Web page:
Informations and abstract
Keywords: Income Distribution; Well-being; Price.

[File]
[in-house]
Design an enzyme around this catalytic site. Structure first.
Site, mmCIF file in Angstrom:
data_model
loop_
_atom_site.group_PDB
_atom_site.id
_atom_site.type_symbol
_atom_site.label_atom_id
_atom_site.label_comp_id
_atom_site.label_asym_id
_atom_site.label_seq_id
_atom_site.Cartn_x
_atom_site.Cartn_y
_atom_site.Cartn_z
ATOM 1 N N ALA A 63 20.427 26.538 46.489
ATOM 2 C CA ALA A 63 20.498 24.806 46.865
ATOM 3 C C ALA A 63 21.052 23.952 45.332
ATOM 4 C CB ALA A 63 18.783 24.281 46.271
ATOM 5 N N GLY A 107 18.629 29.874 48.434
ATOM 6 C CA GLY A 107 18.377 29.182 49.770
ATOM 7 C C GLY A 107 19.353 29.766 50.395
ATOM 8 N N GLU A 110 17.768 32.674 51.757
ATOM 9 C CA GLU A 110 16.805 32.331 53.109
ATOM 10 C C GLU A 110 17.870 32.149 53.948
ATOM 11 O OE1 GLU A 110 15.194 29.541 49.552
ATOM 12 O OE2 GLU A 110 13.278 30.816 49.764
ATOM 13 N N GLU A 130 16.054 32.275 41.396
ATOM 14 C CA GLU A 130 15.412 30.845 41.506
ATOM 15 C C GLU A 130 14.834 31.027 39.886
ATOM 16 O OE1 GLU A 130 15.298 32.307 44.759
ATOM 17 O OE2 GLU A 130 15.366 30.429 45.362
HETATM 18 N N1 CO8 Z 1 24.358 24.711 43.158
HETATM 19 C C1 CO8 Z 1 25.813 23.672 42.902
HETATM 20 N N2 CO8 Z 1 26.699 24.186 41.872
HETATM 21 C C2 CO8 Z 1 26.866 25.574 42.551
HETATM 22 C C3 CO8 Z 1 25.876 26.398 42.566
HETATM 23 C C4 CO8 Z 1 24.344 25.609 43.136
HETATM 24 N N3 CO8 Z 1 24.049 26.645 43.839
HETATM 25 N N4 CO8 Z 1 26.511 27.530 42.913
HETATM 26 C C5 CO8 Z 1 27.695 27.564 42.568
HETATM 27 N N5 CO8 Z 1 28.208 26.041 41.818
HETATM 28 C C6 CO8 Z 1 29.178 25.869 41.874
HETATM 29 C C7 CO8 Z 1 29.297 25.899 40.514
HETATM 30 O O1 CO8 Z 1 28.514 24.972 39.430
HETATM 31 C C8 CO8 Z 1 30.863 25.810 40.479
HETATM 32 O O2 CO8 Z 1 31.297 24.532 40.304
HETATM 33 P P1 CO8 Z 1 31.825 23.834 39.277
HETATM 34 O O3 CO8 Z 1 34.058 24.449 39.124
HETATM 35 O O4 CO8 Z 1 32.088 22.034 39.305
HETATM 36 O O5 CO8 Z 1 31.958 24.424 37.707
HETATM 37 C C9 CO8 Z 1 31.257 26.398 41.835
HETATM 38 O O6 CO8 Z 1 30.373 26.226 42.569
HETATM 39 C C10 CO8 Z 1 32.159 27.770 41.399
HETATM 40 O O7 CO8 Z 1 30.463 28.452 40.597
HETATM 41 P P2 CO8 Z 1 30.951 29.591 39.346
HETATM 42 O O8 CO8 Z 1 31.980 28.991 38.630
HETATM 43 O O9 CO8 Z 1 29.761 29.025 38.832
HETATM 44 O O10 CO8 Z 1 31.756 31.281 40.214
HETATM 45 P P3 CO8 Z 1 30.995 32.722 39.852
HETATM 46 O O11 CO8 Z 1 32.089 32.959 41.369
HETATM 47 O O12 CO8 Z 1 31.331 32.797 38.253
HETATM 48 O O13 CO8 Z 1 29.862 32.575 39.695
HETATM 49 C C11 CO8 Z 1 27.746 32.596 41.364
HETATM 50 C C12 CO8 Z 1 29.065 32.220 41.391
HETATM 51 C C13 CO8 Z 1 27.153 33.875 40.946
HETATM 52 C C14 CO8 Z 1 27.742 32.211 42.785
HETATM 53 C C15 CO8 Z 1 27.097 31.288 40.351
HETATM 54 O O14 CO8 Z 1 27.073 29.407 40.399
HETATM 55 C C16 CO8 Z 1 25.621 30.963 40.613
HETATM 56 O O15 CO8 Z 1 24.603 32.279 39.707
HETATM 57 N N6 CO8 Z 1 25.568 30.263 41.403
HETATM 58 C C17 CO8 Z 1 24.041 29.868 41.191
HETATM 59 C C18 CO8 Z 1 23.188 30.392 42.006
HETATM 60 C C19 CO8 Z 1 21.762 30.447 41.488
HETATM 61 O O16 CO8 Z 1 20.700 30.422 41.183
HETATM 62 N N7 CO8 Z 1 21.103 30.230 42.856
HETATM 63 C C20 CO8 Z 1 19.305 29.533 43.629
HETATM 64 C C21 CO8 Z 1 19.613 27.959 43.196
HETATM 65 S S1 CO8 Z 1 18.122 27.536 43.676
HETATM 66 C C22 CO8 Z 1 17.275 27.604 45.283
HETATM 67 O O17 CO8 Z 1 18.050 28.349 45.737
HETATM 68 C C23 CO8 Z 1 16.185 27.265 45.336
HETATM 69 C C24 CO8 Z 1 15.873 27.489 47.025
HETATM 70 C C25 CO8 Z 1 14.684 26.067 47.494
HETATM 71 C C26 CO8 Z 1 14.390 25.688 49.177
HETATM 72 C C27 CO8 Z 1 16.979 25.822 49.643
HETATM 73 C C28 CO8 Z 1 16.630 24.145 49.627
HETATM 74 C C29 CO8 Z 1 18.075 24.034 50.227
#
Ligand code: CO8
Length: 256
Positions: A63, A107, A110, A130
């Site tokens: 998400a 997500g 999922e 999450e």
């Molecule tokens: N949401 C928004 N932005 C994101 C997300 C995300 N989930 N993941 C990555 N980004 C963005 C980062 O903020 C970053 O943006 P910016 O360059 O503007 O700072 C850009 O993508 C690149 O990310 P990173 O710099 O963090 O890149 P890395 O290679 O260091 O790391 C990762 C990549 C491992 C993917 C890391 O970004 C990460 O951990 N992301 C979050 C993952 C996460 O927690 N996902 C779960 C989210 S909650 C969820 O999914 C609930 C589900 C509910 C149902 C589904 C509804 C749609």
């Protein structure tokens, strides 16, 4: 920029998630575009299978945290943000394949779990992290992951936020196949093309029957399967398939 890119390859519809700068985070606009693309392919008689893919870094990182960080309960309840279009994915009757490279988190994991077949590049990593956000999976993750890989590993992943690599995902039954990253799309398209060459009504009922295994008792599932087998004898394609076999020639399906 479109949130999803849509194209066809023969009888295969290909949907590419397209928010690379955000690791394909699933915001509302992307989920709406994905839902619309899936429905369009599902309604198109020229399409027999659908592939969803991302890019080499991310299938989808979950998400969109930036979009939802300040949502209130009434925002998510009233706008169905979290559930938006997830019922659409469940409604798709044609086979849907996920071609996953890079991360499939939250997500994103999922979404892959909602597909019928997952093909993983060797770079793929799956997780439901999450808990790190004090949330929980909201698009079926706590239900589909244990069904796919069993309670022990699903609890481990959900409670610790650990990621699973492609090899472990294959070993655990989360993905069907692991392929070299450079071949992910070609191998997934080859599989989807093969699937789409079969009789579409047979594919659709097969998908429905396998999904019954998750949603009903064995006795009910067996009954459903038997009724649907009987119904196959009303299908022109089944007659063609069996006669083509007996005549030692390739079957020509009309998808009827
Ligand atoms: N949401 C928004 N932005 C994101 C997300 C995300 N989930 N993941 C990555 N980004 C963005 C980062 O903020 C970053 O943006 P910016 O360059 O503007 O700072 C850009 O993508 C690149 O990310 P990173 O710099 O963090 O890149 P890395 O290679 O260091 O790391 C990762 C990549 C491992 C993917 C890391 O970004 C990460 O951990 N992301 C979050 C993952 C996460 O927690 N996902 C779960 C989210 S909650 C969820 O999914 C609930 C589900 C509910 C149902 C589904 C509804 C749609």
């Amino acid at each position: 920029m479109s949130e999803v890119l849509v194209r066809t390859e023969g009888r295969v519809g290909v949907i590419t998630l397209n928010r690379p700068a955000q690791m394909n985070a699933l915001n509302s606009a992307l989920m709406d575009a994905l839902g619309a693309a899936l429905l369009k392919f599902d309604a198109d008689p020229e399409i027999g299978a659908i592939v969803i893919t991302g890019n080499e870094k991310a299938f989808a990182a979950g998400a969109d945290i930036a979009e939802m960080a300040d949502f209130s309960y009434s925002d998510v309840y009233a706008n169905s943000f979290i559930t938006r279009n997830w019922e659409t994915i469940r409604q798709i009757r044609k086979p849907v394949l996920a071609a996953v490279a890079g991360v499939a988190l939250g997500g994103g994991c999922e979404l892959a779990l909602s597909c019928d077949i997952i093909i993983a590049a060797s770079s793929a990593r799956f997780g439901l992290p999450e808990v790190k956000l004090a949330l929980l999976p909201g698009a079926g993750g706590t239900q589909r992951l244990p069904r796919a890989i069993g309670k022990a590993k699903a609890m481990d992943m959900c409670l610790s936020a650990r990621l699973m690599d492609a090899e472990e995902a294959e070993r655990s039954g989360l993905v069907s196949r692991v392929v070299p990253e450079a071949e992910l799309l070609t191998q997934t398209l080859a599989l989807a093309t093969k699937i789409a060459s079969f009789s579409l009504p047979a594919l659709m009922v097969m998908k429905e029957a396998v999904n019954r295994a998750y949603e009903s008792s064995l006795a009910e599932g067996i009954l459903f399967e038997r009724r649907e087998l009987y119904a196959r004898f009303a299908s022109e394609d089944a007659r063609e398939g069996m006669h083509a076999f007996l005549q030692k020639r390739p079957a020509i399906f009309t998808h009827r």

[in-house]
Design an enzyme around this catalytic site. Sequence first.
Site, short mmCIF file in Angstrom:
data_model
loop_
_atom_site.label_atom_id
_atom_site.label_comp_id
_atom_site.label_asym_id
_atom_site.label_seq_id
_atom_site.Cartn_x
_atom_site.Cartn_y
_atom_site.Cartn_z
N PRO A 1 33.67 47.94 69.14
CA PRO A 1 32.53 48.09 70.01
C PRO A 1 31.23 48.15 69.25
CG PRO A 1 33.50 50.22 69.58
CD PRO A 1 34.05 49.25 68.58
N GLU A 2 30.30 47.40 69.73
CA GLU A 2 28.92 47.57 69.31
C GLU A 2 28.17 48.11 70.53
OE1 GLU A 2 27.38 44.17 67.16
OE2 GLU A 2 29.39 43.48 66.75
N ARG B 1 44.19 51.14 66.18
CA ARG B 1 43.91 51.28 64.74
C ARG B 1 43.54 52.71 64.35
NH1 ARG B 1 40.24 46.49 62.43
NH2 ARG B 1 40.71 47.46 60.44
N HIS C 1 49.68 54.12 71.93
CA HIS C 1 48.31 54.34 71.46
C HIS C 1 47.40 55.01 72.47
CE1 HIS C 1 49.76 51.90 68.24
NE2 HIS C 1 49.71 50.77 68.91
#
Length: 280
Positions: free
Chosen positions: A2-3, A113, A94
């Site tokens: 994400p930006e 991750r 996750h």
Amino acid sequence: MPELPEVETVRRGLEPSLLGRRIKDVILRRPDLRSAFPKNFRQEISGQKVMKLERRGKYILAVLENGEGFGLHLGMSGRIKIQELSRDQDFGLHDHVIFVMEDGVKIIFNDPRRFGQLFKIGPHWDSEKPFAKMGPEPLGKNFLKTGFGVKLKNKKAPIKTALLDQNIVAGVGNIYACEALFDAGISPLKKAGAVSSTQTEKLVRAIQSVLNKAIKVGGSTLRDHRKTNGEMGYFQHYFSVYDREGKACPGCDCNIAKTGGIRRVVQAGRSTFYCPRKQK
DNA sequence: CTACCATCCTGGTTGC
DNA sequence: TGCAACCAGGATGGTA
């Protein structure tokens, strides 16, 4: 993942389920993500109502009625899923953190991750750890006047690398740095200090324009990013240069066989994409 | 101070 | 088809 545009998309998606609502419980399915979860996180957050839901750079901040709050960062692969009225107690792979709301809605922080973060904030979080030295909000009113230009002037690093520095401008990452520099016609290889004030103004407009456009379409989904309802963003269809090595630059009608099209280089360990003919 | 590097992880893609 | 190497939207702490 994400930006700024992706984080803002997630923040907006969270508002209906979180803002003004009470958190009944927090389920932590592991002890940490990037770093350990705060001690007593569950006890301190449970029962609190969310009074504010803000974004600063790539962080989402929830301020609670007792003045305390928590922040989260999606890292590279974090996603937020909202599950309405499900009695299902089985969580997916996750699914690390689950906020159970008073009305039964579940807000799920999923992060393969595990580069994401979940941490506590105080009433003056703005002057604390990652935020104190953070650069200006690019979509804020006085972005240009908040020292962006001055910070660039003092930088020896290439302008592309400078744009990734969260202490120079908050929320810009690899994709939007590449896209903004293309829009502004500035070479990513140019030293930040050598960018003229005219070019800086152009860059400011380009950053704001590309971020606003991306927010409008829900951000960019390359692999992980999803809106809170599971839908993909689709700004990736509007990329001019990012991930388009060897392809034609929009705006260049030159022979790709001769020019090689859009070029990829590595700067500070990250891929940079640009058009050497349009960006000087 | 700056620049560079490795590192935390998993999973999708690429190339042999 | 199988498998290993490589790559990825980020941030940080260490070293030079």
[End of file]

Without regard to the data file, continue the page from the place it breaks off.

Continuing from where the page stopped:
This paper compares a perceived well-being indicator provided by households in the Centre and North and in the South in the Survey on Household Income and Wealth (SHIW) and tries to identify the factors that can explain the gap between them. In particular, the role of the price level in these two areas of the country is examined: all other things being equal, the same nominal income should provide a higher level of well-being to southern families, due to the lower price level characterizing that area. However, in models that do not take into account context variables, the well-being levels of southerners are lower than those of residents in the Centre and North with the same income. This result, apparently incompatible with a lower price level in the South, is due to other factors (not included in the model) that act in the opposite direction. The results obtained with more extensive models indicate that the gap in perceived levels of well-being between the two areas is influenced by health status and by factors describing the socio-economic context, namely unemployment levels, crime, the quality of healthcare and childcare services and the conditions of access to urban and logistic services. In some experiments, alongside the elements mentioned above, there are also signals that are compatible with a lower price level for southern areas.